So to help out those “greenies” who might be wanting to get into the exciting world of arcade fighters, we’ve put together this short guide on the basic fighting game terminology. We hope that this will be useful for beginners, who can learn them and hop into the fray with at least a theoretical knowledge on why they are losing (trust us, you’ll lose a lot at the beginning). And who knows, if you’re a veteran, you might even learn the name of “that thing” that you do that helps you win matches, but that you’ve never actually known what it’s called.

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Published December 22, 2018 Leave a Comment

It’s that time of the month again where we take one old-school arcade game and show you the ropes on how to beat it and get the best high scores!

This time, we’ll be focusing on Ace Driver, a Formula One racing game produced by Namco in 1994. At its peak, this game was very famous, winning the Best Coin-Op Game of the 76th Annual IAAPA Show, as well as spawning two sequels in the same series. Ace Driver plays just like any arcade driving game does, with the player sitting down in the driver’s seat and steering their vehicle with the wheel. The Formula One style play is reminiscent of Namco’s beloved classic Pole Position, but in Ace Driver you get everything in glorious 3D. Besides the standard gas pedal, players also had a brake pedal and a clutch pedal. Depending on the type of transmission that they selected, the players would need to interact with the latter shifting gears as the situation demanded.

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Published December 14, 2018 Leave a Comment

A couple of weeks ago, we spoke about several arcade classics releases on the Nintendo Switch to the joy of old-school games everywhere. Today, as we browsed the eshop for some new titles, we found some great news for hardcore beat-em-up enthusiasts, as there is yet another bundle of classic gems of the genre available for purchase on Nintendo’s digital distribution platform. [NOTE: This title is also available for PC, PlayStation 4 and Xbox One game consoles]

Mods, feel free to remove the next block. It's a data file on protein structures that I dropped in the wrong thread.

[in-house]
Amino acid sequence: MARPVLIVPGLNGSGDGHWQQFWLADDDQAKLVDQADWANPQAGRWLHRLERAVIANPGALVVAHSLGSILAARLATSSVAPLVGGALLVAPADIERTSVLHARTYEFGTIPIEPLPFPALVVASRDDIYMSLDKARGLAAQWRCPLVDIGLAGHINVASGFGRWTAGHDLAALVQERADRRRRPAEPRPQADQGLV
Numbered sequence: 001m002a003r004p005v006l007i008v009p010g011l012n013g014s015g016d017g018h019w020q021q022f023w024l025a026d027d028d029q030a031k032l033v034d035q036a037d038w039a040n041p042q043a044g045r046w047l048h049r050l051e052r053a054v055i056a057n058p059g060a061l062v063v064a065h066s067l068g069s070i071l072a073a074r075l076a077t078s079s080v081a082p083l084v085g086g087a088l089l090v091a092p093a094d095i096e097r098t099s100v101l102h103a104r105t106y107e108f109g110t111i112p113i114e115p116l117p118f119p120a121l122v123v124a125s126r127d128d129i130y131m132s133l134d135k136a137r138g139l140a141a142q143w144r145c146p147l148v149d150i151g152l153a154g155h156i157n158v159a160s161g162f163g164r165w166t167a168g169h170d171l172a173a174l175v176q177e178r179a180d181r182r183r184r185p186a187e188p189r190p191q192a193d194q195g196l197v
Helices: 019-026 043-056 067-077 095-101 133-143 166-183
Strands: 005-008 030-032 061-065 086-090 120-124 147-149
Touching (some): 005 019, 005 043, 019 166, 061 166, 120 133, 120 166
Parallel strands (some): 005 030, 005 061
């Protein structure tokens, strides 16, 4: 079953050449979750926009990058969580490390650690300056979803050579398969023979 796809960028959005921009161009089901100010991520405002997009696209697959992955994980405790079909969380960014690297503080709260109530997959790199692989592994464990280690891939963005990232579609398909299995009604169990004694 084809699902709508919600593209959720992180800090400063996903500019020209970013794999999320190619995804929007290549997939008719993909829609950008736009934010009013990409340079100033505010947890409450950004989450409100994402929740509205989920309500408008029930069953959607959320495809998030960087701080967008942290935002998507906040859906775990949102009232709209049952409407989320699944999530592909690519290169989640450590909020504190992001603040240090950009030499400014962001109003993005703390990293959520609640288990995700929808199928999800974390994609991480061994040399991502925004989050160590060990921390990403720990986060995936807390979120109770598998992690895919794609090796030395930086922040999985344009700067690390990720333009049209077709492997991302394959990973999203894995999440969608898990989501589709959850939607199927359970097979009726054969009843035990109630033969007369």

The “Capcom Beat ‘Em Up Bundle,” which is the title of the product on the shop, was created for those who grew up on sidescrolling beat-em-ups. If you want to relive the glory days of the late ‘80s/early ‘90s era, this compilation has got you covered. Specifically, the bundle contains some awesome classics which, until the bundle came out, were very difficult to acquire in their original cabinet forms. This bundle includes a total of seven games, including some top-rated titles in the genre.

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Published December 7, 2018 Leave a Comment

Andamiro NFLPA

There’s good news for fans of House of the Dead around the world as this year has been teeming with news and details about a return to Sega’s most popular light-gun game in their history. This has been one of the biggest arcade news items of 2018 as the hugely-popular action horror arcade series has been dormant for more than a decade prior to the announcement of the new version by Sega.

For those who are not familiar with the games, House of the Dead is an action-horror video game series developed by Sega, with the first release hitting arcades back in 1996. To date, there have been 4 mainline releases, with a new one coming out later this year. Each installment plays the similar to the previous one: as an on-rails first-person shooter where the player uses a gun prop to shoot at the enemies that appear on the screen, which usually belong to the undead. In each game, there are two special agents that team up to fight against the zombie hordes and defeat the ones who unleashed them upon the landscape.

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Published November 29, 2018 Leave a Comment
Published November 28, 2018 Leave a Comment

Andamiro NFLPA

Over the past few years, Nintendo has been gaining popularity for porting and releasing our favorite classic games on their newest consoles. They hopped onto the retro trend with popular platforms like the Nintendo DS and Wii, but what was made available usually focused on Nintendo’s own consoles, with a small amount of focus on platforms like the Sega Genesis or Turbographx-16. This has also provided an incentive for some 3rd party developers like Sega, Konami and Namco, to re-release some of their beloved titles through Nintendo’s services. Many of those games were released in both arcades and one home consoles, but these companies decided to stick with the home ports as opposed to the arcade originals.

Luckily for fans of the arcades, who also like to keep up with current gaming trends, the Nintendo Switch has also been receiving its fair share of original arcade classics.